“ABR is pleased to offer this new certification and notes its importance to patients, the public and the profession. The addition of the interventional radiology/diagnostic radiology certificate to the other primary certificates offered by ABR—Diagnostic Radiology, Radiation Oncology and Medical Physics—rounds out a full range of ABR primary certification services in diagnostic, therapeutic and image-guided procedures, as well as periprocedural clinical care,” said ABR President James P. Borgstede, M.D. “I would like to acknowledge the vision, leadership and commitment to quality patient care of ABR past presidents N. Reed Dunnick, M.D., and Bruce G. Haffty, M.D., who helped to guide the application and approval process. Finally, ABR notes that a very positive and productive collaboration with SIR on this important endeavor made the new certificate possible,” he added.
“The interventional radiology and diagnostic radiology certificate will help ensure that all patients in the country continue to receive high-quality, consistent, diagnostic, procedural and clinical interventional care,” said Jeanne M. LaBerge, M.D., FSIR, an ABR trustee and interventional radiologist at the University of California, San Francisco. “The recent approval of the interventional radiology and diagnostic radiology certificate formalizes this belief and gives ‘specialty’ status to the field of interventional radiology while maintaining its intimate and necessary relation to diagnostic radiology,” said Matthew A. Mauro, M.D., FSIR, an SIR past president and ABR trustee. “The elevation of interventional radiology to a ‘specialty’ level with its own distinct residency program places interventional radiology/diagnostic radiology on the same level as surgery, pediatrics and internal medicine in the ABMS hierarchy. This ABMS vote is much more than a superficial clerical action—it is one that initiates a formalized enhanced training program that will benefit patients across the country and serve as a model throughout the world,” added Mauro, professor and chair, department of radiology, University of North Carolina, Chapel Hill.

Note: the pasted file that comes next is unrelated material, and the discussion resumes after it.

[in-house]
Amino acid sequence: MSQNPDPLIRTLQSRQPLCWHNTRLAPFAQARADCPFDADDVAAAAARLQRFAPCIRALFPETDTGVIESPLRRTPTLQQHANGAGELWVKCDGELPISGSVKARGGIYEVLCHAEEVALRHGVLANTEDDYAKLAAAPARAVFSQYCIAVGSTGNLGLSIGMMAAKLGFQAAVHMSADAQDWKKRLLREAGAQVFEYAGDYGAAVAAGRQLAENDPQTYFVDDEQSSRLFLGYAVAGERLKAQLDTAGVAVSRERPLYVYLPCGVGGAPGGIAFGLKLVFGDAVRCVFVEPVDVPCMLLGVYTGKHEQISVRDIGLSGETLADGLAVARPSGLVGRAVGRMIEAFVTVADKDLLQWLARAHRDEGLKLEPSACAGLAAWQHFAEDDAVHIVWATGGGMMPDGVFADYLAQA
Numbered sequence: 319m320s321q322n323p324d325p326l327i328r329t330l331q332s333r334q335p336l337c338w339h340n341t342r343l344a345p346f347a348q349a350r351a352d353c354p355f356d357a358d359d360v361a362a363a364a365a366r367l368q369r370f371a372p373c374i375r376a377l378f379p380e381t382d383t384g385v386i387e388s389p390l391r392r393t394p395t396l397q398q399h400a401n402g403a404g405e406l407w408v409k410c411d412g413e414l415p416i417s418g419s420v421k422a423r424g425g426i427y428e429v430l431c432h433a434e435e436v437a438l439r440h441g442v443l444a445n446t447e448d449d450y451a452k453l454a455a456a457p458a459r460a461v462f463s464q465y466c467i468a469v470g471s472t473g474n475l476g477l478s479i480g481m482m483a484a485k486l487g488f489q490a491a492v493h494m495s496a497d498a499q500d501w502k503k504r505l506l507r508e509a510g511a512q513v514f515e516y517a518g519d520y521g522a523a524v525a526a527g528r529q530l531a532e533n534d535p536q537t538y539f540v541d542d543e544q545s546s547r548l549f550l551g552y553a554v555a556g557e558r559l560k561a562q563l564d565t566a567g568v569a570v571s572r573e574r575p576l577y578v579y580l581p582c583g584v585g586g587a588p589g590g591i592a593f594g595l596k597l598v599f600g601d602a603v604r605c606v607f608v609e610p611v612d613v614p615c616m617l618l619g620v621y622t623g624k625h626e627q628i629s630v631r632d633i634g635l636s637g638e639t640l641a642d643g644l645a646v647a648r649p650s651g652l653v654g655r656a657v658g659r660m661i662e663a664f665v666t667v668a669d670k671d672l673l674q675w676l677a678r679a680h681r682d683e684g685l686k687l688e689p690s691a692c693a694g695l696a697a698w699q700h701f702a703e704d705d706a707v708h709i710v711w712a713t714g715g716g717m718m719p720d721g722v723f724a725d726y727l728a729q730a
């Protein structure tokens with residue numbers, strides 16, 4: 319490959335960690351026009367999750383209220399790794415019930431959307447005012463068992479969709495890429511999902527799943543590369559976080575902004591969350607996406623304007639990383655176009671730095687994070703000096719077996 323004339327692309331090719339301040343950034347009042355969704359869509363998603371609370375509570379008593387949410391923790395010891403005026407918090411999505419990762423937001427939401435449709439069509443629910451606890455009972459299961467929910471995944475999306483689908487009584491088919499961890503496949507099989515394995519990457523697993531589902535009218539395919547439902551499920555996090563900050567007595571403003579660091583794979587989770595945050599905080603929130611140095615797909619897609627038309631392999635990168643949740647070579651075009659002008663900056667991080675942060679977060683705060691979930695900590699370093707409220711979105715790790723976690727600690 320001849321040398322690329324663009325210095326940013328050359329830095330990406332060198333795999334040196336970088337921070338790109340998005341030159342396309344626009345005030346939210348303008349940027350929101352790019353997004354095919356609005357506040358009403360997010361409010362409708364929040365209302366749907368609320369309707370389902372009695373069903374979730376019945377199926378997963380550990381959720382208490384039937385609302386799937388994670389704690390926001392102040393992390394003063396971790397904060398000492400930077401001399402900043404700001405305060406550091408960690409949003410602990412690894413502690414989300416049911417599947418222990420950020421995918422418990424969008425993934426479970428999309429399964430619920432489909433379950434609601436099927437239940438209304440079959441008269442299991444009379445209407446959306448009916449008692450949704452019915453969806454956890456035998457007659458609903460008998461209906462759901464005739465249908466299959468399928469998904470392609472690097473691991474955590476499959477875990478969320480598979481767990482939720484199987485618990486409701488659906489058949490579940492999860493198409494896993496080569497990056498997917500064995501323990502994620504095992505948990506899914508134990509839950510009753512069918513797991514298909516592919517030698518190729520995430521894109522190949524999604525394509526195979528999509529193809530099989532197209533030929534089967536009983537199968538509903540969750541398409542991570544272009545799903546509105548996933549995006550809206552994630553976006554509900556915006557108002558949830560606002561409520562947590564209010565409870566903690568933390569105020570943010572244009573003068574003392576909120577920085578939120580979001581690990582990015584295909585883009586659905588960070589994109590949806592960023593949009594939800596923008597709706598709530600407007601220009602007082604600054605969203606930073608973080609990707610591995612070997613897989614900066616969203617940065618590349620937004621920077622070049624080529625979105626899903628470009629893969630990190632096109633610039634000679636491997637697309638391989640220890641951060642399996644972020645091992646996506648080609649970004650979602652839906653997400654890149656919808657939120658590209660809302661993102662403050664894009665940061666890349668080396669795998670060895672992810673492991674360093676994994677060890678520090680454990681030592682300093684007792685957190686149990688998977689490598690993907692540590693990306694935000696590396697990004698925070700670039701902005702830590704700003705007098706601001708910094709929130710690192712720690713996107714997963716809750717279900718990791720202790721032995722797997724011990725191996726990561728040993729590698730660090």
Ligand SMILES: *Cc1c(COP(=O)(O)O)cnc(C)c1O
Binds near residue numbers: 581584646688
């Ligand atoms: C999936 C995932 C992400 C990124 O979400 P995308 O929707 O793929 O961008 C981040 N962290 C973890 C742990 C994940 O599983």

“Securing the interventional radiology and diagnostic radiology certificate took tremendous effort by many individuals and support from many societies,” said Kaufman. Organizations that support the certificate besides ABR include the American College of Radiology, American Osteopathic College of Radiology, American Roentgen Ray Society, Association of Program Directors in Radiology, Association of Program Directors in Interventional Radiology, American Association for Women Radiologists, American Society of Neuroradiology, Association of University Radiologists, Coalition for Imaging and Bioengineering Research, Radiological Society of North America, Radiology Residency Review Committee of the Accreditation Council for Graduate Medical Education, Society for Pediatric Radiology, Society of Chairs of Academic Radiology Departments, Society of NeuroInterventional Surgery and Society of Vascular Medicine.
More information about the Society of Interventional Radiology, interventional radiologists and how to find an interventional radiologist in your area can be found online at www.SIRweb.org.